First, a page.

Last reviewed 01/2018
A displaced fracture should be reduced under appropriate anaesthesia such as:
- Bier's block
- axillary block
- general anaesthesia
Disimpaction is achieved by pulling the hand distally and hyperextending the wrist. Once the fracture has been reduced, the wrist is manipulated into a position of palmar flexion, ulnar deviation and pronation.
- a plaster is applied which extends from elbow to the metacarpophalangeal joints, which lie in the line of the proximal skin crease in the palm and not at the base of the fingers. This arrangement permits thumb and finger movements as well as elbow flexion.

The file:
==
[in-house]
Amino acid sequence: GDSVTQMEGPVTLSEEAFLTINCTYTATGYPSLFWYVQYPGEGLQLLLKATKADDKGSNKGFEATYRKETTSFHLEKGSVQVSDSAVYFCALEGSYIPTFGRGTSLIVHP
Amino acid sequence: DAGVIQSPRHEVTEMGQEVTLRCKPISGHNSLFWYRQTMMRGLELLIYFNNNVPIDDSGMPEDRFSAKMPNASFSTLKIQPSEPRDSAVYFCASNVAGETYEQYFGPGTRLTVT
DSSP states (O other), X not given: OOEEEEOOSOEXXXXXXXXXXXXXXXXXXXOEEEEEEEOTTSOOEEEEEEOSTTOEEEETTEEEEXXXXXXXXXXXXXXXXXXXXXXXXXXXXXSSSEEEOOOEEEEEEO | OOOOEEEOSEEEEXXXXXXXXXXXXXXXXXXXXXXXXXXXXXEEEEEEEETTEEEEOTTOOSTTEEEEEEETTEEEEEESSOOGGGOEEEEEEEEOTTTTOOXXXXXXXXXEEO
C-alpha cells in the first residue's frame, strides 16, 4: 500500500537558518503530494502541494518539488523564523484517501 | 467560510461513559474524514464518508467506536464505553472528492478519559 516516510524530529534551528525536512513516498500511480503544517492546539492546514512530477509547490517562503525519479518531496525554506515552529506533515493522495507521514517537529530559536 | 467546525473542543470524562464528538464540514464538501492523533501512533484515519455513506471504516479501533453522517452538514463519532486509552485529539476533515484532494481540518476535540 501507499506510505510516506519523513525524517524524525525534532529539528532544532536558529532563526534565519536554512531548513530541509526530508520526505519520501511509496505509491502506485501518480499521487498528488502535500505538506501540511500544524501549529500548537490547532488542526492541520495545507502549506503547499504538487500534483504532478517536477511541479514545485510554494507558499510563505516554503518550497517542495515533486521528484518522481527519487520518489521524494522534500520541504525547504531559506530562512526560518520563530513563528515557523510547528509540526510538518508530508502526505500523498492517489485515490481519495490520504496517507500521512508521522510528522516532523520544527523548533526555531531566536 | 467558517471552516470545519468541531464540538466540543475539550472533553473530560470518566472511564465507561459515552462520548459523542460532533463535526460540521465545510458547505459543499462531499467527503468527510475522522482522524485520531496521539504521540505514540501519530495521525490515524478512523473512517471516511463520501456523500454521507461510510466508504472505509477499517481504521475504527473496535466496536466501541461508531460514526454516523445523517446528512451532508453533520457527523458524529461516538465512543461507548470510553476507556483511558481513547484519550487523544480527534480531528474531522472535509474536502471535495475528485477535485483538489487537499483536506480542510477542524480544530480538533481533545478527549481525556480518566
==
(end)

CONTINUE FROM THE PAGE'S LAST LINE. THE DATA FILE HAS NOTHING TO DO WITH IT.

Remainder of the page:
The patient is given a sling with instructions to actively exercise the fingers, elbow and shoulder.
The fracture should be inspected the following day to check that the plaster is not too tight. A further appointment should be made in 7-10 days. Re-displacement is not uncommon and requires re-reduction.
The fracture should have united by about 6 weeks.
Undisplaced or minimally displaced fractures may be treated directly with a Colles' backslab.
Severely comminuted and unstable fractures may require external fixation. Designs such as the Pennig fixator incorporate a jointed body so permitting early movement.